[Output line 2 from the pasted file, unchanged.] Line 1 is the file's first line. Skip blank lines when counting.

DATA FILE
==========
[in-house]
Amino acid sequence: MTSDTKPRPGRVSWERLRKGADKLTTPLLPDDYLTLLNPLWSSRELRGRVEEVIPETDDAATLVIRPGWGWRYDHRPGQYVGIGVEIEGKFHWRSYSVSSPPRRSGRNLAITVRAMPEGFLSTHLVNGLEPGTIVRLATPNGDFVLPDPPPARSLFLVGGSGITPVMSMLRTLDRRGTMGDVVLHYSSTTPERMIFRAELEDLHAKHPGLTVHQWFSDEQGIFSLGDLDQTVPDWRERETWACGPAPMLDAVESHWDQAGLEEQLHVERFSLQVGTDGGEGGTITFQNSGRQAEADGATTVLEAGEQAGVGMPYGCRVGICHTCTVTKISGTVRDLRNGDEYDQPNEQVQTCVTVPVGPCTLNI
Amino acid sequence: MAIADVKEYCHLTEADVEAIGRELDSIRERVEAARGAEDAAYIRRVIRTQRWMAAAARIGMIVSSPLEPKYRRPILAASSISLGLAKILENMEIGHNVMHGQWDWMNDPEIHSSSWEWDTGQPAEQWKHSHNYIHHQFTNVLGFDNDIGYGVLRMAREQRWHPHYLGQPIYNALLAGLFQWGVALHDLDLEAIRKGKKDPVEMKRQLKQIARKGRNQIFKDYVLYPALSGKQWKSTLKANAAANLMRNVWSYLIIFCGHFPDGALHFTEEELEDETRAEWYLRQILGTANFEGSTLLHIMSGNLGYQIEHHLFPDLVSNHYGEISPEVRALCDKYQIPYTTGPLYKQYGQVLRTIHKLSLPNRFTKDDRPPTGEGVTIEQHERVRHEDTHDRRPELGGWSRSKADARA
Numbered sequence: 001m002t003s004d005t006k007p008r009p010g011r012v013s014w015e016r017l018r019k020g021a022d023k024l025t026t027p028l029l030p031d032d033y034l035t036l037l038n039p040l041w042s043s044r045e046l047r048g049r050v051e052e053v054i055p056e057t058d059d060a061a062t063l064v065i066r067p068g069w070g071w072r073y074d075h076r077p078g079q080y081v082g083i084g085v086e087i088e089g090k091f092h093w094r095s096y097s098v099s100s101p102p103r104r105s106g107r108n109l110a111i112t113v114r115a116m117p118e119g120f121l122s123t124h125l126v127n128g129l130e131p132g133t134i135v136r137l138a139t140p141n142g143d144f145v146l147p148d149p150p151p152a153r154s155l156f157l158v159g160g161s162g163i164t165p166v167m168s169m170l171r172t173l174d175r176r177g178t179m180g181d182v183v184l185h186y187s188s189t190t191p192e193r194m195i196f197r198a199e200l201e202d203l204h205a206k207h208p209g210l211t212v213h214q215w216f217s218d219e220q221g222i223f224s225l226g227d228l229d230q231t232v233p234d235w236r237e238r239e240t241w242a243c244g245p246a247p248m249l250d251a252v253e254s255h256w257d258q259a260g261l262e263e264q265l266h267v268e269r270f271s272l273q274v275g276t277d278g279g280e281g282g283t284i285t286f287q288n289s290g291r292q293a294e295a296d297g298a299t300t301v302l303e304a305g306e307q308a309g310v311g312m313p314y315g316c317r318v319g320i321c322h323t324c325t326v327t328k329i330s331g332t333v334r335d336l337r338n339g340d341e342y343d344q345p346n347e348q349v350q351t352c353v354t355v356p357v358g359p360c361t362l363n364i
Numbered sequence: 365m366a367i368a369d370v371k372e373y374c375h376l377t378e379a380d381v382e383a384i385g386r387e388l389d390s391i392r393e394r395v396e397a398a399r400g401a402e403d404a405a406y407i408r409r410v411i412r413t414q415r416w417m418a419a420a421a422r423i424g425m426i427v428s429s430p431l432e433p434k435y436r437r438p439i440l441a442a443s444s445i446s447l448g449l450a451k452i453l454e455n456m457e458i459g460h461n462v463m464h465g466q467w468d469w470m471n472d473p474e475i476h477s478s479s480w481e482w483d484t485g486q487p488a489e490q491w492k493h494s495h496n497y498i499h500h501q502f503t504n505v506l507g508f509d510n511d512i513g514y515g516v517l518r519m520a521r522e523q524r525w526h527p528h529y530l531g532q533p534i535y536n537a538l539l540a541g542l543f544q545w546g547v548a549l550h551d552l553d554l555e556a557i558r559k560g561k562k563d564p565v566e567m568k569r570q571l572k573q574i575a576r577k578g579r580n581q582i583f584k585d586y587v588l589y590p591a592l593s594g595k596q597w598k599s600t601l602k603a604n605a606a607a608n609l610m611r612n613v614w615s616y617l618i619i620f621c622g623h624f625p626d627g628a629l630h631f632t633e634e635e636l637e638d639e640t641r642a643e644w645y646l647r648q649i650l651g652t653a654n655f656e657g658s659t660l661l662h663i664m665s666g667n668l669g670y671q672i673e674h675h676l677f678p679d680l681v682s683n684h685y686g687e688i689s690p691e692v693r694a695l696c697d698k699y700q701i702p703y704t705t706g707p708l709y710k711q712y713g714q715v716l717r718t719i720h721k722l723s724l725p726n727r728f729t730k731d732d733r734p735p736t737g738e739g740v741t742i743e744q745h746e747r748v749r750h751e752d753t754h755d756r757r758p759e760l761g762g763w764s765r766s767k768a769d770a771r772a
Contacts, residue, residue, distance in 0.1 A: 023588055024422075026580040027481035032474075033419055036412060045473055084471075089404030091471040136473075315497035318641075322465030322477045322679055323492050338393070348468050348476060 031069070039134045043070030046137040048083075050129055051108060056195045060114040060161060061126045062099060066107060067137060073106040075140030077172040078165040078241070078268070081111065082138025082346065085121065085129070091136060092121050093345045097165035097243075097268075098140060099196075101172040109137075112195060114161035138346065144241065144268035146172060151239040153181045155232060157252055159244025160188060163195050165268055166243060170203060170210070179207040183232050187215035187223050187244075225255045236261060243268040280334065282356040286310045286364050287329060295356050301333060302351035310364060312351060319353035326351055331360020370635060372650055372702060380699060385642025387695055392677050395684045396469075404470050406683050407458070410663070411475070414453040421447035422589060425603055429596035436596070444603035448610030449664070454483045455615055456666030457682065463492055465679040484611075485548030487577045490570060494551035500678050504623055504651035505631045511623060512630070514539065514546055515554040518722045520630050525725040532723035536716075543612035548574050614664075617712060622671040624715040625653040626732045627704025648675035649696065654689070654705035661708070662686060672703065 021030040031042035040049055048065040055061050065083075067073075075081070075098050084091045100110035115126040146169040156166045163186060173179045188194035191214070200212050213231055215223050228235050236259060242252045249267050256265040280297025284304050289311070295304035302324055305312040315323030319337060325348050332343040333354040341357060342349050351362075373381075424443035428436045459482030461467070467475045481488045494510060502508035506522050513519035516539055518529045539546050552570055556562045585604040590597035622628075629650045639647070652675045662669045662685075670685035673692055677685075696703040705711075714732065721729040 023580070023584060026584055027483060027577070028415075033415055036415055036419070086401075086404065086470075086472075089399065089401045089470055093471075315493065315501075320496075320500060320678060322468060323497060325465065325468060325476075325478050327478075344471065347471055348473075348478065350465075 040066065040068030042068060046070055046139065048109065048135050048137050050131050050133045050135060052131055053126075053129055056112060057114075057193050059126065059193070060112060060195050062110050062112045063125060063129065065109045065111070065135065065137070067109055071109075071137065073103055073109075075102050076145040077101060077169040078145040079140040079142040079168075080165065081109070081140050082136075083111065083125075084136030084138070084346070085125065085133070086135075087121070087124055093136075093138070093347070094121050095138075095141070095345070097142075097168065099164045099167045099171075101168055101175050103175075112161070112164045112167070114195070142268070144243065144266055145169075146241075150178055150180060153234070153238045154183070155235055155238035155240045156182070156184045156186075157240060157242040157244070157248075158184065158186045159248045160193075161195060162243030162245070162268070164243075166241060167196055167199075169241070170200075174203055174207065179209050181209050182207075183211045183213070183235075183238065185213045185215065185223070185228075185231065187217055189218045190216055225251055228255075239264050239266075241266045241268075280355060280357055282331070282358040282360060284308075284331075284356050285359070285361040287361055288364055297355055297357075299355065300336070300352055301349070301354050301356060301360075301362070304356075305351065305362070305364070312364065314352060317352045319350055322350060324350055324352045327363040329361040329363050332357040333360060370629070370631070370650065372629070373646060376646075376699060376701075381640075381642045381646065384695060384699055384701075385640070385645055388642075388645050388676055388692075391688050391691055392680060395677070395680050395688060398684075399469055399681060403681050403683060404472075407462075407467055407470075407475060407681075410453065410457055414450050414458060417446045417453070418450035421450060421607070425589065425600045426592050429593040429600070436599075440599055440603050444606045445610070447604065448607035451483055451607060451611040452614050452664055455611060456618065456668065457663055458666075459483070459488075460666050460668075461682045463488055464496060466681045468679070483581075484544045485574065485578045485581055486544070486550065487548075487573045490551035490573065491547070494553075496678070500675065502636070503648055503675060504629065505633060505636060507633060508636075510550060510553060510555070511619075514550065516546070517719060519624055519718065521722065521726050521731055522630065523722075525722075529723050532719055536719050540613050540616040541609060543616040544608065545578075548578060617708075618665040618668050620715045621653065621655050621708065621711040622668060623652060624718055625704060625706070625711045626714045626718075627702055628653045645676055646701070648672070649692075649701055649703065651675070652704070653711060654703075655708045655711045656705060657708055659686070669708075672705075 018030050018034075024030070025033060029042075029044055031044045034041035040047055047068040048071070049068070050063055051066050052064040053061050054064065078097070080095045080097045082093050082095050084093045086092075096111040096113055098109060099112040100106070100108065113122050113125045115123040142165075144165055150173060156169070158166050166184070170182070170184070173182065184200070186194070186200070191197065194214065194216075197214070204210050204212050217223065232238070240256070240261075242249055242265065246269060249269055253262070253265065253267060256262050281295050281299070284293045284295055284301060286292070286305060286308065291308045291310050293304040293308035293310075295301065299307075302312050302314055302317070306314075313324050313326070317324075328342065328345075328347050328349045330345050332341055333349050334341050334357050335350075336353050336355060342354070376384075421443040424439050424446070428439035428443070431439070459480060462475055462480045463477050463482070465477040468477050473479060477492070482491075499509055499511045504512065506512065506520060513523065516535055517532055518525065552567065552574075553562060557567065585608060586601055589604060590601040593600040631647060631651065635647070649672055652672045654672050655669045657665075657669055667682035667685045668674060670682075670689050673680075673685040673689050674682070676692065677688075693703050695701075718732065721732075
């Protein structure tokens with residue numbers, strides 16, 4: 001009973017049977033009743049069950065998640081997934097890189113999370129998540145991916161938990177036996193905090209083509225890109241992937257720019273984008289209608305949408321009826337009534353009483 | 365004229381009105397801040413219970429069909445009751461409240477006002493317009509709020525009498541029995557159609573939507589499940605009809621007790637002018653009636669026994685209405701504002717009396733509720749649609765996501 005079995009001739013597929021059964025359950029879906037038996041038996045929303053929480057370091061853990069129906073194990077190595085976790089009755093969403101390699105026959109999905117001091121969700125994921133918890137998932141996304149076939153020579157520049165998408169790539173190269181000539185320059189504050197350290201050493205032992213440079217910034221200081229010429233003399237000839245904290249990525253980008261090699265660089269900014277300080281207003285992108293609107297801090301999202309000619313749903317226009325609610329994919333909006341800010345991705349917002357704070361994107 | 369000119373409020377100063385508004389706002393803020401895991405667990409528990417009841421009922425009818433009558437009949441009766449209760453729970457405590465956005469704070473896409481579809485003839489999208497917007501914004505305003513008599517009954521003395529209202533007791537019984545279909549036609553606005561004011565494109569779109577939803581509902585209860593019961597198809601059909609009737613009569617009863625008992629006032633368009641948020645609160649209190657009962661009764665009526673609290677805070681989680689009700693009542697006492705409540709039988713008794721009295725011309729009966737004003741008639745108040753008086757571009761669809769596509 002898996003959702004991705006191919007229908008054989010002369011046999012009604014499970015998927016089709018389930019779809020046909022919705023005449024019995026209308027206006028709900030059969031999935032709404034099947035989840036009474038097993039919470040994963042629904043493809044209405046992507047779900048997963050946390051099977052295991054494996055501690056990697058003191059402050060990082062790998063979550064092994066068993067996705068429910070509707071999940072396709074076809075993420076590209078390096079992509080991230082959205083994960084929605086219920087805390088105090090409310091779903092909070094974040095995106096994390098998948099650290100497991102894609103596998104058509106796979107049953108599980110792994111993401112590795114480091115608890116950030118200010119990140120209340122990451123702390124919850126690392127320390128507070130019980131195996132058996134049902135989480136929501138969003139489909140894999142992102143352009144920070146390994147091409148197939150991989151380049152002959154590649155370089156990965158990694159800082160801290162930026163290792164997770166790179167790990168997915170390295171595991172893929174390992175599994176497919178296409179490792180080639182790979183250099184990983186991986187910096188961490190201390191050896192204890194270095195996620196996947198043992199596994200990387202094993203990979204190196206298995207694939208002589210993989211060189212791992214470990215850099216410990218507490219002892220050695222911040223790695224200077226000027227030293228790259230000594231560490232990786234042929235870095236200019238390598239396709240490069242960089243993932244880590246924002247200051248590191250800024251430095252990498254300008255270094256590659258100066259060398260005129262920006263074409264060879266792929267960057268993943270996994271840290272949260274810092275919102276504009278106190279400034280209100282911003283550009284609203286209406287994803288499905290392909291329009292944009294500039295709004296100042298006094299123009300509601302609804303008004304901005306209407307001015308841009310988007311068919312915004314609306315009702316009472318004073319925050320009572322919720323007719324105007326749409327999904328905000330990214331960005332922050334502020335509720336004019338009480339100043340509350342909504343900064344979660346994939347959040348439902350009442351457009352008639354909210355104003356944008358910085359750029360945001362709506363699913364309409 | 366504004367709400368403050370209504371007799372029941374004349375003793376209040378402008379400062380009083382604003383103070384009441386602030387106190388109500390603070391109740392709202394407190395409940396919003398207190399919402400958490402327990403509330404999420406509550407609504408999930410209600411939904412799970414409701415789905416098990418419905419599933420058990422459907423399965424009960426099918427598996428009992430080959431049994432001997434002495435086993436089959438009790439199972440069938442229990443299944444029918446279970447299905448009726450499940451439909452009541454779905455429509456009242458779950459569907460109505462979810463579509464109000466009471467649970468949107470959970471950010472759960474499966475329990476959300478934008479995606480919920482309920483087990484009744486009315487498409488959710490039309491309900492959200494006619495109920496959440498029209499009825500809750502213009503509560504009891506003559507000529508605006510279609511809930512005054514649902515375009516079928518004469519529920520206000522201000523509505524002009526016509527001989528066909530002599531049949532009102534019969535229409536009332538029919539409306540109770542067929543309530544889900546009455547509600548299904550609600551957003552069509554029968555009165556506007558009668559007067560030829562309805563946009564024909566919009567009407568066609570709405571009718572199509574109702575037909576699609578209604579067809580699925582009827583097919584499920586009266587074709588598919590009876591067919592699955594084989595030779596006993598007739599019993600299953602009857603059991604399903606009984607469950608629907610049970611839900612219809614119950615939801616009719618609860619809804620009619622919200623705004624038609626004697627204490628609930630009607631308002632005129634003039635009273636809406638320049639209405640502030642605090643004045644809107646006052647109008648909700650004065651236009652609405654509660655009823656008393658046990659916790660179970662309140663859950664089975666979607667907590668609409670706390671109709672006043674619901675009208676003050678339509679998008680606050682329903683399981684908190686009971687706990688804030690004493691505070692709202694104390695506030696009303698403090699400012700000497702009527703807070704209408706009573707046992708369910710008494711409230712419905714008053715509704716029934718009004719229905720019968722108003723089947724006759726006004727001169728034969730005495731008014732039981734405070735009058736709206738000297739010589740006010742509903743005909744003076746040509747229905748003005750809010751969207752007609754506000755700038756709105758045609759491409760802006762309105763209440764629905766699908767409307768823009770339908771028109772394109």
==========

Amino acid sequence: MTSDTKPRPGRVSWERLRKGADKLTTPLLPDDYLTLLNPLWSSRELRGRVEEVIPETDDAATLVIRPGWGWRYDHRPGQYVGIGVEIEGKFHWRSYSVSSPPRRSGRNLAITVRAMPEGFLSTHLVNGLEPGTIVRLATPNGDFVLPDPPPARSLFLVGGSGITPVMSMLRTLDRRGTMGDVVLHYSSTTPERMIFRAELEDLHAKHPGLTVHQWFSDEQGIFSLGDLDQTVPDWRERETWACGPAPMLDAVESHWDQAGLEEQLHVERFSLQVGTDGGEGGTITFQNSGRQAEADGATTVLEAGEQAGVGMPYGCRVGICHTCTVTKISGTVRDLRNGDEYDQPNEQVQTCVTVPVGPCTLNI